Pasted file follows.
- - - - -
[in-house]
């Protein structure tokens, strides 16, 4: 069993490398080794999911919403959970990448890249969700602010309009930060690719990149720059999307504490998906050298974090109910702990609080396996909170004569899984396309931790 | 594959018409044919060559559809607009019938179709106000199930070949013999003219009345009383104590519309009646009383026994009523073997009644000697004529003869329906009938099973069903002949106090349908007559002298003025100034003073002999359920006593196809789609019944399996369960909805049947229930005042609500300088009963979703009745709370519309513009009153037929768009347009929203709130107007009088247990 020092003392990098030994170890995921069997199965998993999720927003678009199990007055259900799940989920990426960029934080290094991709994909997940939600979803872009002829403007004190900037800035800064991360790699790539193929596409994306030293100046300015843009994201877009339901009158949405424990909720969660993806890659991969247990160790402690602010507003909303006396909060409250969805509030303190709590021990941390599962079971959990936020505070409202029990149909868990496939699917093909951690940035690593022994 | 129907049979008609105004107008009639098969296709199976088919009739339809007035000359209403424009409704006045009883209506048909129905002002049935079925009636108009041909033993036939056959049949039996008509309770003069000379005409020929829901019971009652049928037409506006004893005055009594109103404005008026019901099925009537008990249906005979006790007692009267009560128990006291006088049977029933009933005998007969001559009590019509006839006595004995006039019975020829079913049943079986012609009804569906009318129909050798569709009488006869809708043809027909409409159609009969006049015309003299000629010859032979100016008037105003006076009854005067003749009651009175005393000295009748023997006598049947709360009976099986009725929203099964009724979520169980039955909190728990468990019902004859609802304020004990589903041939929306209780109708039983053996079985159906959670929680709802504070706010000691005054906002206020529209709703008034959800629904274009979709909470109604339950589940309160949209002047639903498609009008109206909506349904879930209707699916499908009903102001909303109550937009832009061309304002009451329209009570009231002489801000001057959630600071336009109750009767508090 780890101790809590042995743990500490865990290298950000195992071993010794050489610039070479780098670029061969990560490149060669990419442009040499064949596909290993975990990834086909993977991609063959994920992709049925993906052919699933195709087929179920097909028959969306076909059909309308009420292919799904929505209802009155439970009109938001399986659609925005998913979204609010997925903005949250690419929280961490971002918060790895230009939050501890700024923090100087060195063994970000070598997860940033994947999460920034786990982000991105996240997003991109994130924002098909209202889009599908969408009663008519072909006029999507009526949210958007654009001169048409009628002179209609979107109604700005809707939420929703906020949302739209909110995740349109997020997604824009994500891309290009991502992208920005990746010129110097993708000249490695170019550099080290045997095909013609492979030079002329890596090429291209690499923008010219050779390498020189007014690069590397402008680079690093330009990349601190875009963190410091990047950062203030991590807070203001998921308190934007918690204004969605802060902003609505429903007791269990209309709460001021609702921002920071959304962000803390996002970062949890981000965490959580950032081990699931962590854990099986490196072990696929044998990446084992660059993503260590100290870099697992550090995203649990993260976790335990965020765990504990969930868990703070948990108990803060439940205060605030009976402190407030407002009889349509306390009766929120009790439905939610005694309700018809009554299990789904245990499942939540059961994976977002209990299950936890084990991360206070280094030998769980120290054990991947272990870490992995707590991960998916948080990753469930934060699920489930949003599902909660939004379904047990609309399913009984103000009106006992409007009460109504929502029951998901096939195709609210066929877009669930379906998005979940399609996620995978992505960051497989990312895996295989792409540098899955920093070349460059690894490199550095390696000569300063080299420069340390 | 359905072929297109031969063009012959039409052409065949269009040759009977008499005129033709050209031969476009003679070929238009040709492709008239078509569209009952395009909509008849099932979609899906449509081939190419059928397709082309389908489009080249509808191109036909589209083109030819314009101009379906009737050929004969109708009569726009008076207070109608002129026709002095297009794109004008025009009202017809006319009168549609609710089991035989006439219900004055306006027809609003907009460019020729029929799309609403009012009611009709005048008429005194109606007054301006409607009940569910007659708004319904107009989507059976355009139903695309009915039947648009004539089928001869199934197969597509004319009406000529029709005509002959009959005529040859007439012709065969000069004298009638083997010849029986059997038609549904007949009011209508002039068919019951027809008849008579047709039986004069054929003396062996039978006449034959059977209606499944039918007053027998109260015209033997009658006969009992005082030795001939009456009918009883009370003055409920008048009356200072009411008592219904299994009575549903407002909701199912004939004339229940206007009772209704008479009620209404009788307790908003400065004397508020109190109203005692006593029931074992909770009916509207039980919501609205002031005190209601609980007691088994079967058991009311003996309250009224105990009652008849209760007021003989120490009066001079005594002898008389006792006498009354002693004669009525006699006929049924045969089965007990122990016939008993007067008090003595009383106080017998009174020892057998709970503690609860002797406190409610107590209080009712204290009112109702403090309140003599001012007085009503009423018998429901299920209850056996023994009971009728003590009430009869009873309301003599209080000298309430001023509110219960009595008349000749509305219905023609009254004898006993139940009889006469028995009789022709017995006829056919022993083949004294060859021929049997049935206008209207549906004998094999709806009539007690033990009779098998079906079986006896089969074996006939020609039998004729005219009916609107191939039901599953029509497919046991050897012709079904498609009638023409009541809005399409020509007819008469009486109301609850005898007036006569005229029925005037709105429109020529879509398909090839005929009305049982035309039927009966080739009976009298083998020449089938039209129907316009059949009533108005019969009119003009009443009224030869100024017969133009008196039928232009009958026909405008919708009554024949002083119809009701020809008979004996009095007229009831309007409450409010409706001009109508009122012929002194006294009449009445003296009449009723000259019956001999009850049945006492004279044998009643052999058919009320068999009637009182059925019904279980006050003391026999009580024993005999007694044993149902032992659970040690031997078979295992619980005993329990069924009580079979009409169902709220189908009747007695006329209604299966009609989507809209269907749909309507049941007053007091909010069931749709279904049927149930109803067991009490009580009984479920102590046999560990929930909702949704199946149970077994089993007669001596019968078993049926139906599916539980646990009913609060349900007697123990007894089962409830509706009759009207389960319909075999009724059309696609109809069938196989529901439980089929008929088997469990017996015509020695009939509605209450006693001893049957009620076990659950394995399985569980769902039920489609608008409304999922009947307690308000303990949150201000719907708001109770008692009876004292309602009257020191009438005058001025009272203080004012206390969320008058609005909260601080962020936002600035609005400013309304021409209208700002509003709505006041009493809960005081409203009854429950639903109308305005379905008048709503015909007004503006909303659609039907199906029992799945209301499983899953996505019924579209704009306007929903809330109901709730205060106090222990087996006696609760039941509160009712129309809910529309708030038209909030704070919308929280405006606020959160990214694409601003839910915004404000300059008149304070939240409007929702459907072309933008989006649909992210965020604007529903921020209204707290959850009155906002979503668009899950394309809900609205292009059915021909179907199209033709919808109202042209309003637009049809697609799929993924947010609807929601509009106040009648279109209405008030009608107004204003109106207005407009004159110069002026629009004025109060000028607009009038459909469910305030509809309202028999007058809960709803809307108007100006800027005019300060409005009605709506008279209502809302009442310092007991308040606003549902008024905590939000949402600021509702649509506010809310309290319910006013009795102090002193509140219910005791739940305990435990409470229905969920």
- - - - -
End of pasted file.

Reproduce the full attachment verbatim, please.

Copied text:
[in-house]
């Protein structure tokens, strides 16, 4: 069993490398080794999911919403959970990448890249969700602010309009930060690719990149720059999307504490998906050298974090109910702990609080396996909170004569899984396309931790 | 594959018409044919060559559809607009019938179709106000199930070949013999003219009345009383104590519309009646009383026994009523073997009644000697004529003869329906009938099973069903002949106090349908007559002298003025100034003073002999359920006593196809789609019944399996369960909805049947229930005042609500300088009963979703009745709370519309513009009153037929768009347009929203709130107007009088247990 020092003392990098030994170890995921069997199965998993999720927003678009199990007055259900799940989920990426960029934080290094991709994909997940939600979803872009002829403007004190900037800035800064991360790699790539193929596409994306030293100046300015843009994201877009339901009158949405424990909720969660993806890659991969247990160790402690602010507003909303006396909060409250969805509030303190709590021990941390599962079971959990936020505070409202029990149909868990496939699917093909951690940035690593022994 | 129907049979008609105004107008009639098969296709199976088919009739339809007035000359209403424009409704006045009883209506048909129905002002049935079925009636108009041909033993036939056959049949039996008509309770003069000379005409020929829901019971009652049928037409506006004893005055009594109103404005008026019901099925009537008990249906005979006790007692009267009560128990006291006088049977029933009933005998007969001559009590019509006839006595004995006039019975020829079913049943079986012609009804569906009318129909050798569709009488006869809708043809027909409409159609009969006049015309003299000629010859032979100016008037105003006076009854005067003749009651009175005393000295009748023997006598049947709360009976099986009725929203099964009724979520169980039955909190728990468990019902004859609802304020004990589903041939929306209780109708039983053996079985159906959670929680709802504070706010000691005054906002206020529209709703008034959800629904274009979709909470109604339950589940309160949209002047639903498609009008109206909506349904879930209707699916499908009903102001909303109550937009832009061309304002009451329209009570009231002489801000001057959630600071336009109750009767508090 780890101790809590042995743990500490865990290298950000195992071993010794050489610039070479780098670029061969990560490149060669990419442009040499064949596909290993975990990834086909993977991609063959994920992709049925993906052919699933195709087929179920097909028959969306076909059909309308009420292919799904929505209802009155439970009109938001399986659609925005998913979204609010997925903005949250690419929280961490971002918060790895230009939050501890700024923090100087060195063994970000070598997860940033994947999460920034786990982000991105996240997003991109994130924002098909209202889009599908969408009663008519072909006029999507009526949210958007654009001169048409009628002179209609979107109604700005809707939420929703906020949302739209909110995740349109997020997604824009994500891309290009991502992208920005990746010129110097993708000249490695170019550099080290045997095909013609492979030079002329890596090429291209690499923008010219050779390498020189007014690069590397402008680079690093330009990349601190875009963190410091990047950062203030991590807070203001998921308190934007918690204004969605802060902003609505429903007791269990209309709460001021609702921002920071959304962000803390996002970062949890981000965490959580950032081990699931962590854990099986490196072990696929044998990446084992660059993503260590100290870099697992550090995203649990993260976790335990965020765990504990969930868990703070948990108990803060439940205060605030009976402190407030407002009889349509306390009766929120009790439905939610005694309700018809009554299990789904245990499942939540059961994976977002209990299950936890084990991360206070280094030998769980120290054990991947272990870490992995707590991960998916948080990753469930934060699920489930949003599902909660939004379904047990609309399913009984103000009106006992409007009460109504929502029951998901096939195709609210066929877009669930379906998005979940399609996620995978992505960051497989990312895996295989792409540098899955920093070349460059690894490199550095390696000569300063080299420069340390 | 359905072929297109031969063009012959039409052409065949269009040759009977008499005129033709050209031969476009003679070929238009040709492709008239078509569209009952395009909509008849099932979609899906449509081939190419059928397709082309389908489009080249509808191109036909589209083109030819314009101009379906009737050929004969109708009569726009008076207070109608002129026709002095297009794109004008025009009202017809006319009168549609609710089991035989006439219900004055306006027809609003907009460019020729029929799309609403009012009611009709005048008429005194109606007054301006409607009940569910007659708004319904107009989507059976355009139903695309009915039947648009004539089928001869199934197969597509004319009406000529029709005509002959009959005529040859007439012709065969000069004298009638083997010849029986059997038609549904007949009011209508002039068919019951027809008849008579047709039986004069054929003396062996039978006449034959059977209606499944039918007053027998109260015209033997009658006969009992005082030795001939009456009918009883009370003055409920008048009356200072009411008592219904299994009575549903407002909701199912004939004339229940206007009772209704008479009620209404009788307790908003400065004397508020109190109203005692006593029931074992909770009916509207039980919501609205002031005190209601609980007691088994079967058991009311003996309250009224105990009652008849209760007021003989120490009066001079005594002898008389006792006498009354002693004669009525006699006929049924045969089965007990122990016939008993007067008090003595009383106080017998009174020892057998709970503690609860002797406190409610107590209080009712204290009112109702403090309140003599001012007085009503009423018998429901299920209850056996023994009971009728003590009430009869009873309301003599209080000298309430001023509110219960009595008349000749509305219905023609009254004898006993139940009889006469028995009789022709017995006829056919022993083949004294060859021929049997049935206008209207549906004998094999709806009539007690033990009779098998079906079986006896089969074996006939020609039998004729005219009916609107191939039901599953029509497919046991050897012709079904498609009638023409009541809005399409020509007819008469009486109301609850005898007036006569005229029925005037709105429109020529879509398909090839005929009305049982035309039927009966080739009976009298083998020449089938039209129907316009059949009533108005019969009119003009009443009224030869100024017969133009008196039928232009009958026909405008919708009554024949002083119809009701020809008979004996009095007229009831309007409450409010409706001009109508009122012929002194006294009449009445003296009449009723000259019956001999009850049945006492004279044998009643052999058919009320068999009637009182059925019904279980006050003391026999009580024993005999007694044993149902032992659970040690031997078979295992619980005993329990069924009580079979009409169902709220189908009747007695006329209604299966009609989507809209269907749909309507049941007053007091909010069931749709279904049927149930109803067991009490009580009984479920102590046999560990929930909702949704199946149970077994089993007669001596019968078993049926139906599916539980646990009913609060349900007697123990007894089962409830509706009759009207389960319909075999009724059309696609109809069938196989529901439980089929008929088997469990017996015509020695009939509605209450006693001893049957009620076990659950394995399985569980769902039920489609608008409304999922009947307690308000303990949150201000719907708001109770008692009876004292309602009257020191009438005058001025009272203080004012206390969320008058609005909260601080962020936002600035609005400013309304021409209208700002509003709505006041009493809960005081409203009854429950639903109308305005379905008048709503015909007004503006909303659609039907199906029992799945209301499983899953996505019924579209704009306007929903809330109901709730205060106090222990087996006696609760039941509160009712129309809910529309708030038209909030704070919308929280405006606020959160990214694409601003839910915004404000300059008149304070939240409007929702459907072309933008989006649909992210965020604007529903921020209204707290959850009155906002979503668009899950394309809900609205292009059915021909179907199209033709919808109202042209309003637009049809697609799929993924947010609807929601509009106040009648279109209405008030009608107004204003109106207005407009004159110069002026629009004025109060000028607009009038459909469910305030509809309202028999007058809960709803809307108007100006800027005019300060409005009605709506008279209502809302009442310092007991308040606003549902008024905590939000949402600021509702649509506010809310309290319910006013009795102090002193509140219910005791739940305990435990409470229905969920």